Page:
Sunday, July 31, 2011

Friday morning we finished loading our RV for the long drive to Smelterville, which is just outside of Kellogg Idaho, to compete in the Eddy Brown Memorial steel pistol match.
We arrived late in the afternoon, drove out to the range to check it out, then came back to camp out beside the river for the night.

I whipped up a quick meal of bacon, hash browns and eggs for our supper which we ate while watching the river. It was so relaxing to just sit and watch the water flow by, especially for Mr C after such a long drive.

The water was so calm you could see the far bank, and trees mirrored on the surface of the water.

A couple of guys drifted on by, one rowing the boat while the other was fly fishing.

Early next morning, we drove out to the range and on our way in, we passed by the old zinc smelter facility. The range is located further up the valley from this facility and we were told that many inches of the contaminated topsoil had been removed and replaced with clean soil.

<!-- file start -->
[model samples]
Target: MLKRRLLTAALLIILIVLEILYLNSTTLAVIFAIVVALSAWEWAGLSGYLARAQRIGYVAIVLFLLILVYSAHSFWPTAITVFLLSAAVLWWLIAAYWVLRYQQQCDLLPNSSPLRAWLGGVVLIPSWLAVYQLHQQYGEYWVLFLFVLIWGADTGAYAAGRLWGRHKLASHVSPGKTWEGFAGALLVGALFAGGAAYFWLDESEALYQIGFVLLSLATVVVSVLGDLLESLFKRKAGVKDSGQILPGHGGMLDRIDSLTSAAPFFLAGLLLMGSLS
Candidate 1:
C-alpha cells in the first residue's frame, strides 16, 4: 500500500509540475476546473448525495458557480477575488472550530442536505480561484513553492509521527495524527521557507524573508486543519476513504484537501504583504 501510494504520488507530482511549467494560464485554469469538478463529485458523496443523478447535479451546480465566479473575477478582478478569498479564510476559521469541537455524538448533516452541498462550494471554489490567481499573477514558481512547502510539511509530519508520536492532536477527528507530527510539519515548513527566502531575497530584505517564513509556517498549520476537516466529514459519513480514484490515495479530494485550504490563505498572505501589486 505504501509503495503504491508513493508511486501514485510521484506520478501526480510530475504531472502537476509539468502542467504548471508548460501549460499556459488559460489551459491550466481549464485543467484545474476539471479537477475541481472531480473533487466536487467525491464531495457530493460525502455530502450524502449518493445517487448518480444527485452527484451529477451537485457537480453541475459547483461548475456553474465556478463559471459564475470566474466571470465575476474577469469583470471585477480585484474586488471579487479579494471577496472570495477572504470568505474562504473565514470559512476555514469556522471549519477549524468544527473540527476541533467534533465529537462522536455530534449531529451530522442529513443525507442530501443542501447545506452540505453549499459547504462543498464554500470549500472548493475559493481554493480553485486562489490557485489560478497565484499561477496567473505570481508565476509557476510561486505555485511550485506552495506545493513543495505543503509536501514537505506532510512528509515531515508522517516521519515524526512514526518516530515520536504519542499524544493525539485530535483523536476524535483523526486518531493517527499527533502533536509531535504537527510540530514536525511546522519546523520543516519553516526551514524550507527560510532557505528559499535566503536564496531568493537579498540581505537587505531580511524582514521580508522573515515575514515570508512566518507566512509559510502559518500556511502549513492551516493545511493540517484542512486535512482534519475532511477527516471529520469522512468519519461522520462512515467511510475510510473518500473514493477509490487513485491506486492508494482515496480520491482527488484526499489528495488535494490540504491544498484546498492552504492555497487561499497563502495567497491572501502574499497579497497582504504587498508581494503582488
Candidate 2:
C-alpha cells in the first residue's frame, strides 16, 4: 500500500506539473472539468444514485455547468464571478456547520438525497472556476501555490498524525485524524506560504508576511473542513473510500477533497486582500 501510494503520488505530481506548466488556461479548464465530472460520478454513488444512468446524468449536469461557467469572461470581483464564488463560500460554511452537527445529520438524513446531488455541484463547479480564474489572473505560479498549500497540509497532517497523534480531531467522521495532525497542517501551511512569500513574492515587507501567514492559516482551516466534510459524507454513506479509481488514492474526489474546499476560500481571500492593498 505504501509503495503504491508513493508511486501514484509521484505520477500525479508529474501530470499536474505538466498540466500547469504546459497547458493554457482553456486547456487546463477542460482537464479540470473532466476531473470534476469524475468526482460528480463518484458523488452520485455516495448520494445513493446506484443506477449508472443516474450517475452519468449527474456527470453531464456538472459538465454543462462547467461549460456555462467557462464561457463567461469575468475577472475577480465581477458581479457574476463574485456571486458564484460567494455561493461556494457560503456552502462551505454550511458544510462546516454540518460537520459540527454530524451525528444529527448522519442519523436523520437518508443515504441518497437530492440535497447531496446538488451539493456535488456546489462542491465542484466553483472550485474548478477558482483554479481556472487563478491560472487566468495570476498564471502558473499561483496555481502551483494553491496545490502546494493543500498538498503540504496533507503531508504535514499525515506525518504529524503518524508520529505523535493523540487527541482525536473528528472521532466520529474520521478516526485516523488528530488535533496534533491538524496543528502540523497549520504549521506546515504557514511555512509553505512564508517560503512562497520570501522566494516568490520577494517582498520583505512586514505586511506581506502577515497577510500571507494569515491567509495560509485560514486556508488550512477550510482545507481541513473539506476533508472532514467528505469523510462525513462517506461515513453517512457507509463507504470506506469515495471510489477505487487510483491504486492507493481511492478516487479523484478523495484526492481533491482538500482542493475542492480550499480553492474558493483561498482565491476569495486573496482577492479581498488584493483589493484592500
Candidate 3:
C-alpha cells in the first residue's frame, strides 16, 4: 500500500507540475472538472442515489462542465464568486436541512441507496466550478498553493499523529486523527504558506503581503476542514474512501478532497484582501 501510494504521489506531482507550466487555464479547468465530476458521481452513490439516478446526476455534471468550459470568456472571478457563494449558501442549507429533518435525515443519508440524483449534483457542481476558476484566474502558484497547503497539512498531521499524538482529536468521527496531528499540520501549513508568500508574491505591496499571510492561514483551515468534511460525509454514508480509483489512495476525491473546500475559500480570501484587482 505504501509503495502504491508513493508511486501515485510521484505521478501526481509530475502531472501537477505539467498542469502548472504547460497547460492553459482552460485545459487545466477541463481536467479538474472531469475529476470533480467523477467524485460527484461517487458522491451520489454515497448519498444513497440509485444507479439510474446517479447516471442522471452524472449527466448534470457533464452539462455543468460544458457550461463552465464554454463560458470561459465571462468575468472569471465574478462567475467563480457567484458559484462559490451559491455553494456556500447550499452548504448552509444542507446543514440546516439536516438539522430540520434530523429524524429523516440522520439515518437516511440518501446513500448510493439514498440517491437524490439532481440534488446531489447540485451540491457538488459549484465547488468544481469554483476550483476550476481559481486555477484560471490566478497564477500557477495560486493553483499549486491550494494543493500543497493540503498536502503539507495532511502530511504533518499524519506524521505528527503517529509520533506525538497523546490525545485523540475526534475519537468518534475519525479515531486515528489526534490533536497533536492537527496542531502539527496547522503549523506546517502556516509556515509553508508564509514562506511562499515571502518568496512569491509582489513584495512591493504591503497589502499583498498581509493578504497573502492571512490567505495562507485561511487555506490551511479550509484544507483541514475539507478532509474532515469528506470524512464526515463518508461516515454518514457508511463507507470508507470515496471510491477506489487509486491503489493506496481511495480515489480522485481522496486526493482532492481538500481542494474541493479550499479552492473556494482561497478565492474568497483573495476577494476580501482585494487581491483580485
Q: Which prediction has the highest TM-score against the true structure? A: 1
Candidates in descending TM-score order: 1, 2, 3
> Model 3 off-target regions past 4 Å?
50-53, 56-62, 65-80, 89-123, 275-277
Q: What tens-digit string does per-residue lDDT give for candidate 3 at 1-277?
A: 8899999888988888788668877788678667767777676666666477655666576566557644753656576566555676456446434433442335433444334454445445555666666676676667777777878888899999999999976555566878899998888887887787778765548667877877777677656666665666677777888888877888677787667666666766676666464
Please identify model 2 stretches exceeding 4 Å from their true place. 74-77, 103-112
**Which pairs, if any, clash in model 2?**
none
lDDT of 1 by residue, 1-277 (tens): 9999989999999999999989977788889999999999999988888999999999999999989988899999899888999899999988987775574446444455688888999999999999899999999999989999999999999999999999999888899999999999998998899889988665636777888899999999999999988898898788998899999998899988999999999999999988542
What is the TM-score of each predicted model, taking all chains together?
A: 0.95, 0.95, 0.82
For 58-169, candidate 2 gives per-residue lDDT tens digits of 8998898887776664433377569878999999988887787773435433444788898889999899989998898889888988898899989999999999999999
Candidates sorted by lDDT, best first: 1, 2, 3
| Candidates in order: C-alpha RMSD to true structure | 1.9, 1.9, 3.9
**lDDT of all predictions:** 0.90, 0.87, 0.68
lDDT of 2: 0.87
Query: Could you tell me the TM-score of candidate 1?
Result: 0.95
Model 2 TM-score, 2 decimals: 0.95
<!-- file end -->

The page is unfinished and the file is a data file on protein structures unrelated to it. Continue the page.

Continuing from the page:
The day was a little cool at 7am but soon warmed up.

The 'Friends of the NRA' set up, as a fundraiser, breakfast and lunch in the building. They had all kinds of breakfast rolls, they cooked hamburgers and hotdogs on a BBQ and had coffee, soda and water.

The hills on either side of the range rose straight up, and as the day wore on and the sun beat down, it became very uncomfortable in the trapped heat.

Thank goodness we had some shelter from the burning sun, but there wasn't all that much relief from the heat. I wet a large men's handkerchief with water, and tied it around my neck, and that helped cool me down a little.

The long drive to get there, the heat and pesky flies at the range, were all worth it, as I came home with this award for placing second. Mr C placed first, and another person in our squad placed third in .22 rimfire. Two other members of our squad also went home with awards for winning in other classes.

Thursday, July 21, 2011

Our worst fears realized